Thursday, January 27, 2011

Jesus In Every Book Of The Bible

Just a while ago, a facebook buddy shared me this video which really had me blown away. It is about our Lord Jesus Christ being present in every book of the Bible from Genesis to Revelations. We all have an idea that Jesus is indeed the prime focus of God's Word, but I haven't came across any presentation of that truth as powerful (yet concise) as this one:

And to someone like me who has a mind like a sieve, the kid sure did a great job memorizing all that. Praise the Lord for that edifying presentation.


Tuesday, January 18, 2011

Why Should We Hate The 'Prosperity Gospel' - John Piper

This John Piper video goes out to all prosperity preachers today who misrepresent God as something like a Ginnie-in-the-bottle who is bound to make people materially prosperous in exchange of their service. It should serve as an eye opener to all of us that we should be aware of how dangerous this gospel (which is no true gospel at all) is. A must watch indeed.


Friday, January 14, 2011

Can Anyone Be Ignorant Of The Doctrine Of "Sola Fide" And Be Saved?

St. Augustine's ordination as bishop of Hippo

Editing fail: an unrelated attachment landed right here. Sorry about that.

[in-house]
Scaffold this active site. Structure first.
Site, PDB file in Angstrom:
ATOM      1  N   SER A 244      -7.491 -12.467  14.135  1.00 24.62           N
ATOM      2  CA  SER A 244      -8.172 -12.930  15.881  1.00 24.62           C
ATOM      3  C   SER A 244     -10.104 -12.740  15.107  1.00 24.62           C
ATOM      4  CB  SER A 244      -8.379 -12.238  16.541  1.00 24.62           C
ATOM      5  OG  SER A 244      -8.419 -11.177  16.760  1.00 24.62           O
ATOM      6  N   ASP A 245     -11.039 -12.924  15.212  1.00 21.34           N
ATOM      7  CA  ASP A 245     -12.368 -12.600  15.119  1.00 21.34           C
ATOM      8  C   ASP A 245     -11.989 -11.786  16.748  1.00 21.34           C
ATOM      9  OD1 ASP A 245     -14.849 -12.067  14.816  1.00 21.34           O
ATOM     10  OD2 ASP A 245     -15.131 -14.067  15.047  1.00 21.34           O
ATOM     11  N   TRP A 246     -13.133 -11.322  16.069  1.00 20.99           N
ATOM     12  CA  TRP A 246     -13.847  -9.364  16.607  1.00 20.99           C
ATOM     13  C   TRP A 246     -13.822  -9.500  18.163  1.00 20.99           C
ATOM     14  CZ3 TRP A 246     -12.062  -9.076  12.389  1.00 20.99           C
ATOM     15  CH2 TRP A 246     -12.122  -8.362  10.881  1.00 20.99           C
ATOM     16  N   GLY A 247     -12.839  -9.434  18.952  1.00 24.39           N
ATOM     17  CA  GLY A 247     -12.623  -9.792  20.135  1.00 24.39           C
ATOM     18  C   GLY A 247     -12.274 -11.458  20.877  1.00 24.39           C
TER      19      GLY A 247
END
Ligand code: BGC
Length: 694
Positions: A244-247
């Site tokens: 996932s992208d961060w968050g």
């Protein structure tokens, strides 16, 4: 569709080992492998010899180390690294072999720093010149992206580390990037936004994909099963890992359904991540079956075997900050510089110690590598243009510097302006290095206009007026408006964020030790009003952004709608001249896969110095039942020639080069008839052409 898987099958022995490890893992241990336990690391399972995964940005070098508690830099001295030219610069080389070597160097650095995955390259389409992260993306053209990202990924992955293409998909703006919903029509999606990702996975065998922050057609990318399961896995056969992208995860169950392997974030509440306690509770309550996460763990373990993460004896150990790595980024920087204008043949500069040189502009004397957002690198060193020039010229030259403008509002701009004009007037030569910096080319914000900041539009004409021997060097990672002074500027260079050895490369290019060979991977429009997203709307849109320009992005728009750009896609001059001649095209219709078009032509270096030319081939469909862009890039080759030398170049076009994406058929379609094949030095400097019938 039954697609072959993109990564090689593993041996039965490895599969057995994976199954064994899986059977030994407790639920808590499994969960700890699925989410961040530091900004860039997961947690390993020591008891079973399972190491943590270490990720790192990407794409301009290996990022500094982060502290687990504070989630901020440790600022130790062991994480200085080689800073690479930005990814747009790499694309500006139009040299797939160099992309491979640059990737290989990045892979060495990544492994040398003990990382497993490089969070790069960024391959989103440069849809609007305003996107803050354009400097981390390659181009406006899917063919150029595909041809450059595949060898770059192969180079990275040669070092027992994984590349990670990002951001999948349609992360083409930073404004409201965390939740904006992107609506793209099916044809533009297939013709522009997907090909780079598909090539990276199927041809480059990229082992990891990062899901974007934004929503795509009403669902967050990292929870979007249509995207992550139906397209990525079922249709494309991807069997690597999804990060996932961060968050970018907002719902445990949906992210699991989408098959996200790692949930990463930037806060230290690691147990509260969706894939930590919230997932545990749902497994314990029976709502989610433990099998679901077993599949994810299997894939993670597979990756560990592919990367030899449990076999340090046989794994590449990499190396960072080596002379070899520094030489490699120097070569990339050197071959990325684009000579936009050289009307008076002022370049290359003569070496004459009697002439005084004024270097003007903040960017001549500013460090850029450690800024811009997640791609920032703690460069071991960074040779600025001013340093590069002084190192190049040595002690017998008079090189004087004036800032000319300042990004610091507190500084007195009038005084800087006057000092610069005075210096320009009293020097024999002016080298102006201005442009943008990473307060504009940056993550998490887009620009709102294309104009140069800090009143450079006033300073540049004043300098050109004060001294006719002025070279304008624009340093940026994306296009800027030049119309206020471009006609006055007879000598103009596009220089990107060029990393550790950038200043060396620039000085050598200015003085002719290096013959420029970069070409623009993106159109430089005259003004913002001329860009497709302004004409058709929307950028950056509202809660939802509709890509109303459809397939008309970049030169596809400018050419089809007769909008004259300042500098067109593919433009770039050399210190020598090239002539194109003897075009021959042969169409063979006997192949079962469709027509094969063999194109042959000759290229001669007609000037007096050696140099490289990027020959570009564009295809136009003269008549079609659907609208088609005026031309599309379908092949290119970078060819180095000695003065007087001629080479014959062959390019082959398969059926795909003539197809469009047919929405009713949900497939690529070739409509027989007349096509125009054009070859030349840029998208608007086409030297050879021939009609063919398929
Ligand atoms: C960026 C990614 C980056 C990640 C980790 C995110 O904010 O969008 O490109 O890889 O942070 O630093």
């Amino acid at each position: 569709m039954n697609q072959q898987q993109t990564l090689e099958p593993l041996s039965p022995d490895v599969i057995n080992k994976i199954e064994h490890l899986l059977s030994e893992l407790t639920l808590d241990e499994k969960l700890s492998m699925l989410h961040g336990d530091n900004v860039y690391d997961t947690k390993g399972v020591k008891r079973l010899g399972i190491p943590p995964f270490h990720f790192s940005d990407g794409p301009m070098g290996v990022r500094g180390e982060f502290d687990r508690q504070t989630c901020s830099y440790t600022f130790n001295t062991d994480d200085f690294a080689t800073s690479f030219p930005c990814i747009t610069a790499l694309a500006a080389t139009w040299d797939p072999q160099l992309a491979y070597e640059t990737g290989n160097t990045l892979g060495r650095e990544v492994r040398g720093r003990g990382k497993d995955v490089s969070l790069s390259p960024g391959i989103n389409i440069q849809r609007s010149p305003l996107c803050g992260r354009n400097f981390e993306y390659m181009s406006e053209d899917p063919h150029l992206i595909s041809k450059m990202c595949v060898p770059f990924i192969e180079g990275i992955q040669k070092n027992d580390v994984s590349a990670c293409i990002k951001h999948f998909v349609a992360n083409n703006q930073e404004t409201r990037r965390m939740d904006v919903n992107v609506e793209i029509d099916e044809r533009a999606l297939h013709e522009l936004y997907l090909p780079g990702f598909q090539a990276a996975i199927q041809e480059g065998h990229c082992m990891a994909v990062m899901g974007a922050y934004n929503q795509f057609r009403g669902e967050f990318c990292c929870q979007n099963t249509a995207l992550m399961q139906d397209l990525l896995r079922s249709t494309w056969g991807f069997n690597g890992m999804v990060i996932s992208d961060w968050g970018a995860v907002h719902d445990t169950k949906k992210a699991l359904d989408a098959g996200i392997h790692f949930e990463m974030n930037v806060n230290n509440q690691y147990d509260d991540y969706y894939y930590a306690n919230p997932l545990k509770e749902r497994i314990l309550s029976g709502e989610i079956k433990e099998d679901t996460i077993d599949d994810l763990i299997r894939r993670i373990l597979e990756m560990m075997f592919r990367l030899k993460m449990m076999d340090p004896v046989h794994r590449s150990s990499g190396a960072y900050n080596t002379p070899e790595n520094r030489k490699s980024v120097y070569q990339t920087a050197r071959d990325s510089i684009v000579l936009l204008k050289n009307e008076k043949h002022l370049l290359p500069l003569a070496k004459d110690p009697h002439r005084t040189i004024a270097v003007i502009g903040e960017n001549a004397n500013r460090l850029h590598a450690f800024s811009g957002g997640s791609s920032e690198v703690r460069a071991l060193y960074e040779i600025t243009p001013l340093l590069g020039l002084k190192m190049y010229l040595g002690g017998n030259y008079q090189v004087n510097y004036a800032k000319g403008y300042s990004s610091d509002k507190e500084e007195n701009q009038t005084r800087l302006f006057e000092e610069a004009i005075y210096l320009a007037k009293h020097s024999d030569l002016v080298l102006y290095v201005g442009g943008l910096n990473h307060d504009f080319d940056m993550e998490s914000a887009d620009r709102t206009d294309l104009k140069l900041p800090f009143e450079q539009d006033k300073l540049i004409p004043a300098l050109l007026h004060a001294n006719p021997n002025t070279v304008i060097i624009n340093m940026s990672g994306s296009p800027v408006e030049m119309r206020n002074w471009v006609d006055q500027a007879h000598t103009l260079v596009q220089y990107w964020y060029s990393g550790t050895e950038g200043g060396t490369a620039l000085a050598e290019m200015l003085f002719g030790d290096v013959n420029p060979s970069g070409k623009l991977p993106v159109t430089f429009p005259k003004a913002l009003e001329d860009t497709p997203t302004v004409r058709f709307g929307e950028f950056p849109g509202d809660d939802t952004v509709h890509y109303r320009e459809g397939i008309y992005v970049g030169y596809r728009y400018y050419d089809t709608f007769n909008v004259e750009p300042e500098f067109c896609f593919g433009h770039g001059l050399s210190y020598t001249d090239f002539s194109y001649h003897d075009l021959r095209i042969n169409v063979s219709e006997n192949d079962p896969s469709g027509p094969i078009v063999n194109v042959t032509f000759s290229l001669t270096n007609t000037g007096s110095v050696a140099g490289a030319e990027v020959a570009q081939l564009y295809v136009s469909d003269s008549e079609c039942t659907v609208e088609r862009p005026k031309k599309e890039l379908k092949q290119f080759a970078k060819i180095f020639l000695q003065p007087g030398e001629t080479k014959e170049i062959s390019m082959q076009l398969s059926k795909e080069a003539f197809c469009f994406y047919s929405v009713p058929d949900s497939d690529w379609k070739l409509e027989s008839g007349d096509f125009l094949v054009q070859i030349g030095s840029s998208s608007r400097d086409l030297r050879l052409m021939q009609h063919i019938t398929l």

My answer to the question depends on how the person rejecting Sola Fide understands his own moral standing before his Maker and the nature of the redemptive work of the Lord Jesus Christ. I believe (and please take note of this) that if one completely relies upon the finished work of Christ alone for his Salvation, being entirely convinced of his own utter inability to merit God's favor by his own efforts because of sin, that person is undoubtedly saved whether or not he affirms the doctrine of "Sola Fide."

Some dogmatic guys may ask: "But how is it possible for a person to trust in Christ alone as His Savior while at the same time believing that good works should be added with faith as means to attaining Salvation?"

It is worth noting at this point that in the Old Testament the doctrine of justification by faith is not explicitly taught as it is in the New (1 Cor. 2:7; Eph. 3:8-9; Col. 1:25-26). While hints of the doctrine can be found in the OT Scripture such as seen in Genesis 15:6 and Habakkuk 2:4 (which Paul will use centuries later in support for his teaching on justification by grace), these texts must've been somewhat vague to the ancient reader (2 Cor. 3:14-16) because of the strong emphasis of the same Scripture on law-keeping and righteousness (Deut. 27:26; Lev. 18:5). Yet, Scripture reveals to us that the saints of old were justified exactly the same way as how saints in the present covenant were justified, that is, by the grace of God through faith alone (Rom. 4; Heb. 11:13). But how could that be? Paul laid it down this way: